The Ariane launcher that will be used is a European project, and the EUMETSAT satellite that will be carried into orbit is a European contribution to the future of Africa. Europe has no future without a solid partnership with Africa. We will have a joint future, or no future at all. This scientific and technical collaboration sends a strong message that our continents are working hard to build a responsible future together, and the upcoming launch is a powerful symbol of that future.

The raison d’être of African Artists for Development is to use artistic creation to lever the impact of a development project. The former empowers the latter, multiplying its visibility and impact. This launch is crucially important to the future of African development, and is an ideal opportunity for an artistic project to reach a massive audience.

Contemporary African artists are particularly engaged in their continent’s future, and they often explore themes related to development of the continent, such as renewable energy, responsible economic growth and environmental protection. The satellite being launched into space will help the continent to tackle all of these issues, in particular, the effects of pollution and global warming.

Naturally, AAD  believes that the artistic community has a particularly pertinent contribution to make to this strategic launch, which will be a strong symbol of the commitment of Africa in general, and African artists in particular, to the harmonious development of the continent.

The satellite being launched will observe Africa and allow it to live her best future. Its legitimate desire for growth and change must be combined with achieving a healthy planet for all of humanity. AAD hopes that the scientific contribution of this satellite launch will allow Africa to balance a universal message of hope with its desired responsible growth.

Accordingly, it has created an artistic project designed to accentuate the symbolic value of the launch. AAD wants a contemporary artist from the African continent  to make his or her mark on the history of African space endeavor by associating a work of art with the launch of a satellite.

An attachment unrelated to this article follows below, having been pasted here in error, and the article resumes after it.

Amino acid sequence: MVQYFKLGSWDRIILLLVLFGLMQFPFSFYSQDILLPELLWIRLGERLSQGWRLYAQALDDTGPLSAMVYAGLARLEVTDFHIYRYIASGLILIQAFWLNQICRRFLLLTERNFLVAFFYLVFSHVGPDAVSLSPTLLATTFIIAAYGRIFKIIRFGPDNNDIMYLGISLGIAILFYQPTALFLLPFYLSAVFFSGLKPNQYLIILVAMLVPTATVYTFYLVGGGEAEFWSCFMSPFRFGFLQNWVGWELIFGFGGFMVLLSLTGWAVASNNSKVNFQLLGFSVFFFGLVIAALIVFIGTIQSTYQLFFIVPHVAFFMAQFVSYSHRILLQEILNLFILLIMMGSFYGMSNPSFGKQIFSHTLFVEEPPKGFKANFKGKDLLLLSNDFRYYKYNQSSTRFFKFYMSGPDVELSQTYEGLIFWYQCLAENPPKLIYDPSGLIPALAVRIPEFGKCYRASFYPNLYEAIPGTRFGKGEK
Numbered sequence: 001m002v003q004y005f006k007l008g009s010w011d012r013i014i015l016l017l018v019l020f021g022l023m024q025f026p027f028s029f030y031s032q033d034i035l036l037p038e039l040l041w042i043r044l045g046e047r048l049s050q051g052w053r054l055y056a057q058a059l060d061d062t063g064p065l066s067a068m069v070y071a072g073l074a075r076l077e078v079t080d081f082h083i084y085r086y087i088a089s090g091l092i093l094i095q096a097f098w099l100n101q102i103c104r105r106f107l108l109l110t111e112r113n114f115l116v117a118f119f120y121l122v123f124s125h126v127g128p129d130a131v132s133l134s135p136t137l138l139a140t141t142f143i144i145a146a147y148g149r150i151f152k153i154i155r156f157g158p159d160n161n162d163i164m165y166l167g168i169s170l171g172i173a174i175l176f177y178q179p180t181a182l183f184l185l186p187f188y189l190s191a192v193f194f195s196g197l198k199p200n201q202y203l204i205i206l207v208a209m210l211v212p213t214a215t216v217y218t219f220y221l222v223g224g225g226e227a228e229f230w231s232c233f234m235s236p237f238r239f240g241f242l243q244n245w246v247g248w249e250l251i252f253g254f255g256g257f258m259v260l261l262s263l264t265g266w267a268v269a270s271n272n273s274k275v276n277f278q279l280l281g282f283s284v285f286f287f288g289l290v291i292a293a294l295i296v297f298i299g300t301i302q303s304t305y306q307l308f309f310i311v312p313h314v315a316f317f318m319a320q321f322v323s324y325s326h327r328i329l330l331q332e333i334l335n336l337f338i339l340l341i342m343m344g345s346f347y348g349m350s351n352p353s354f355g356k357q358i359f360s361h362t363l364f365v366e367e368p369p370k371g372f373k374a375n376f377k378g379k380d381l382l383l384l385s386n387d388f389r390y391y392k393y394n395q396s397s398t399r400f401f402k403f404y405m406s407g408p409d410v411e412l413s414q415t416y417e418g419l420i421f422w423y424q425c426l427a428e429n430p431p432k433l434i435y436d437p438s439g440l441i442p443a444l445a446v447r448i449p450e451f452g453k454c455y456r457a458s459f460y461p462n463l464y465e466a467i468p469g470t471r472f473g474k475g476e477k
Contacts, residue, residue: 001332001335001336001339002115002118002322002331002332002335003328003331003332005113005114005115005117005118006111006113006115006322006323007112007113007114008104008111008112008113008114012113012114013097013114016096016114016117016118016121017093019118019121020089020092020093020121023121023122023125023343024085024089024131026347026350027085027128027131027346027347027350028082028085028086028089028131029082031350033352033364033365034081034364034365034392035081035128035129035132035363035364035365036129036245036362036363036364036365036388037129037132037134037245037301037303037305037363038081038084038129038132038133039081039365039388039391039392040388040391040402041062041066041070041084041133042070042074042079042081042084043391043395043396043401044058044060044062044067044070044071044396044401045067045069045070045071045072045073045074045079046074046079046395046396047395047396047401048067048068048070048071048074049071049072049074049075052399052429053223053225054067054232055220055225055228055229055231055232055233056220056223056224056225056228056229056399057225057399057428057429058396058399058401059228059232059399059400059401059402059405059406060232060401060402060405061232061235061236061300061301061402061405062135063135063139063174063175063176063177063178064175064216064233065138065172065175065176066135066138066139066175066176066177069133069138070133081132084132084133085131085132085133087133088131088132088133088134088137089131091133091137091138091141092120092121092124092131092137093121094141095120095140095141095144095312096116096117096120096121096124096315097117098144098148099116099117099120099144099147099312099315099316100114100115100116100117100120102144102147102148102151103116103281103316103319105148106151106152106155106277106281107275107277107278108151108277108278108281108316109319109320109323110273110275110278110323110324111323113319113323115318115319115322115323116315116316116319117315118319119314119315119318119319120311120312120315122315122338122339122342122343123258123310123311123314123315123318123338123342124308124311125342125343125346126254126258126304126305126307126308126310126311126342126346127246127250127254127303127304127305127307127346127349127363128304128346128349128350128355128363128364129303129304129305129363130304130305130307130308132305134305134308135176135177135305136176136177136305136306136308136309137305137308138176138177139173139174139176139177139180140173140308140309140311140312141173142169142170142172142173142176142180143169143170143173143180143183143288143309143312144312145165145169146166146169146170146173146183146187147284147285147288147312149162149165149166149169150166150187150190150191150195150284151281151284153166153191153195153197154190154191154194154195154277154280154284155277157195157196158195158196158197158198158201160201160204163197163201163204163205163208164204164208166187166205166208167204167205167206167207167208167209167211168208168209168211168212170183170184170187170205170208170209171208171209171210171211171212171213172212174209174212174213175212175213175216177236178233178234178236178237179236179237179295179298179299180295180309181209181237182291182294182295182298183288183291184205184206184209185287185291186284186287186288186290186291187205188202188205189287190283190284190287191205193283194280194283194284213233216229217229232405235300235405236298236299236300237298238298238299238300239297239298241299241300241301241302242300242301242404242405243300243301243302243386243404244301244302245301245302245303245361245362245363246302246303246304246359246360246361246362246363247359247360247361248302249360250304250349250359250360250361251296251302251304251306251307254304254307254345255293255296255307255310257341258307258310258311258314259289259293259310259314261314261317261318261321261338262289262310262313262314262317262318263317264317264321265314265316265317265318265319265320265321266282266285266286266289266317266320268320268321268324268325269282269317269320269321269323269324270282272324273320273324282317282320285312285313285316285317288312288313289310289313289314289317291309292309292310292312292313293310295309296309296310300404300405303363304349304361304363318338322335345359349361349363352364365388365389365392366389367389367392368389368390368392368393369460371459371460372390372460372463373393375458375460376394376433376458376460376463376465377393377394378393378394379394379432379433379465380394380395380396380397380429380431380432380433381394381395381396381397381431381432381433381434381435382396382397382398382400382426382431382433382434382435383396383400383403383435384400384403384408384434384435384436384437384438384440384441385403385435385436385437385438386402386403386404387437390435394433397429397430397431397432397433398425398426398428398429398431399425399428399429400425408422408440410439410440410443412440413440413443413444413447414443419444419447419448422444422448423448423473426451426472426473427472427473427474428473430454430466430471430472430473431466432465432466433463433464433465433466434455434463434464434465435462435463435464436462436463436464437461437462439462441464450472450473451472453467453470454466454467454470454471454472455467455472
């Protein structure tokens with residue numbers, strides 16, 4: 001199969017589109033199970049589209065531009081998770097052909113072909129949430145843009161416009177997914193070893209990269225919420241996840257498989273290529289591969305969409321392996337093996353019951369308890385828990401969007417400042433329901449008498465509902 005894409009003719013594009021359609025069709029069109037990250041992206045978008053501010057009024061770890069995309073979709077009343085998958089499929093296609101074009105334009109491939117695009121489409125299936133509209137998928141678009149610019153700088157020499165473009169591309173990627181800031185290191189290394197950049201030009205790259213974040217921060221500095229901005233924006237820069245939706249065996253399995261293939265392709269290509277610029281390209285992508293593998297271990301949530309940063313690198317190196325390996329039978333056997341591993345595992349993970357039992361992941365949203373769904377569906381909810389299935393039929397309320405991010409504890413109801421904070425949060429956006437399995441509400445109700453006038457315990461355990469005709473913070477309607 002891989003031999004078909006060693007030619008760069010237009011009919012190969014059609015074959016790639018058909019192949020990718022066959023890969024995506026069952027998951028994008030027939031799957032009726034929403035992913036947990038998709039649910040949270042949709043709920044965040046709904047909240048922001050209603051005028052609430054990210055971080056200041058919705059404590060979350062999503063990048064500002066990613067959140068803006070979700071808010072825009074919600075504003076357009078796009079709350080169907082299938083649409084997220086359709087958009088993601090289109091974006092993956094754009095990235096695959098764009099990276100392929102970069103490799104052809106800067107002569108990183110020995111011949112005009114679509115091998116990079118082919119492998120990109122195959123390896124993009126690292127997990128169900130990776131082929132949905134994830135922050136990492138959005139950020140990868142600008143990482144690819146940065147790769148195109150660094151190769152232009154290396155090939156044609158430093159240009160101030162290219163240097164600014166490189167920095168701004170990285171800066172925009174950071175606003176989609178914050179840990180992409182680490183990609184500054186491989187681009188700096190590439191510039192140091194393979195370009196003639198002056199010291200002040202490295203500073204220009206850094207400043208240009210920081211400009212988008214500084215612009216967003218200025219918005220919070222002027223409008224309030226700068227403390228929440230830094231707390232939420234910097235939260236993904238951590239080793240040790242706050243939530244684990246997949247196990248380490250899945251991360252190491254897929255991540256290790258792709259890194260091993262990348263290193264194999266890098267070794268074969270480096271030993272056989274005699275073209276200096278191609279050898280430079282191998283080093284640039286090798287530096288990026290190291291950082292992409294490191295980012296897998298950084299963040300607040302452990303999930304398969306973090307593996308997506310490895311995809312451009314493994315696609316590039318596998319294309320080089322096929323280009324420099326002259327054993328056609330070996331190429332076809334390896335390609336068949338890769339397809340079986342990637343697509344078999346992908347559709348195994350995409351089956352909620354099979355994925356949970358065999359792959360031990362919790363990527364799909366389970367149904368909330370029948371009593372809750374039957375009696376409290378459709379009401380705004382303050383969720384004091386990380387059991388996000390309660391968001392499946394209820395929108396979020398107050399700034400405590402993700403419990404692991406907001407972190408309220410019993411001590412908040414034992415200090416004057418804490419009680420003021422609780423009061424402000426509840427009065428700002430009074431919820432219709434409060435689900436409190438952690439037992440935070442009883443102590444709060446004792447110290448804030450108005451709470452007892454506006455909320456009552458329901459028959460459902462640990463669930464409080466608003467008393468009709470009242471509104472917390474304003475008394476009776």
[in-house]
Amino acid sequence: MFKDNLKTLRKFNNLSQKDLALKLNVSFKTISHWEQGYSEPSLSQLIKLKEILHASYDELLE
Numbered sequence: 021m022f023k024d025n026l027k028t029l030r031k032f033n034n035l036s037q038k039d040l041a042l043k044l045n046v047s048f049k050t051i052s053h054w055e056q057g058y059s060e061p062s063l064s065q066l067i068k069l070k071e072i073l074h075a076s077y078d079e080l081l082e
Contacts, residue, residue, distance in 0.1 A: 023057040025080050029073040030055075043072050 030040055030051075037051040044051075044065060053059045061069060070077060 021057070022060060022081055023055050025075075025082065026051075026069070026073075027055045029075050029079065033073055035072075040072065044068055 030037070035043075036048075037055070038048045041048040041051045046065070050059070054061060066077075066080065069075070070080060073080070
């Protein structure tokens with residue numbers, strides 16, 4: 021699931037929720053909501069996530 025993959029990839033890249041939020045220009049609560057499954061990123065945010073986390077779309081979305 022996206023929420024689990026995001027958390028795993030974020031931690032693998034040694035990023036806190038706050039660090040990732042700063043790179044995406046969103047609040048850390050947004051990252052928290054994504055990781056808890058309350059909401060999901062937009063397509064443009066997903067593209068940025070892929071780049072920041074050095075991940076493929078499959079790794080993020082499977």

This is the African Space Art Project.

A prestigious artistic committee has been formed and will review submissions from one hundred carefully selected young contemporary artists from all over the African continent.

A prestigious artistic committee has been formed and will review submissions from one hundred carefully selected young contemporary artists from all over the African continent.

The artistic committee will put forward three projects to the ASAP jury. The ASAP jury, composed of representatives from AAD, EUMETSAT, Arianespace, the World Meteorological Organisation  and three independent personalities will select the winning project.

The artist behind the winning project will prepare his or her project during an all-expenses paid two or three-month residency in Darmstadt, Germany, at the EUMETSAT headquarters, where the satellite is being constructed and prepared for launch.

The work will be applied to a full-scale Ariane rocket fairing. The work will be transferred onto the five meter wide and twenty meter tall fairing of the Ariane launcher, using a special film. The original artwork will be preserved for later display on Earth.

The fairing will then be transferred to Kourou, in French Guiana, for the launch, along with the satellite itself. Both will then travel into space, with the artwork leading the way. The fairing will protect the launcher’s precious payload as the satellite leaves Earth’s atmosphere, before it is jettisoned. The satellite will then transfer to a geostationary orbit above Africa, looking down on the continent with a watchful eye.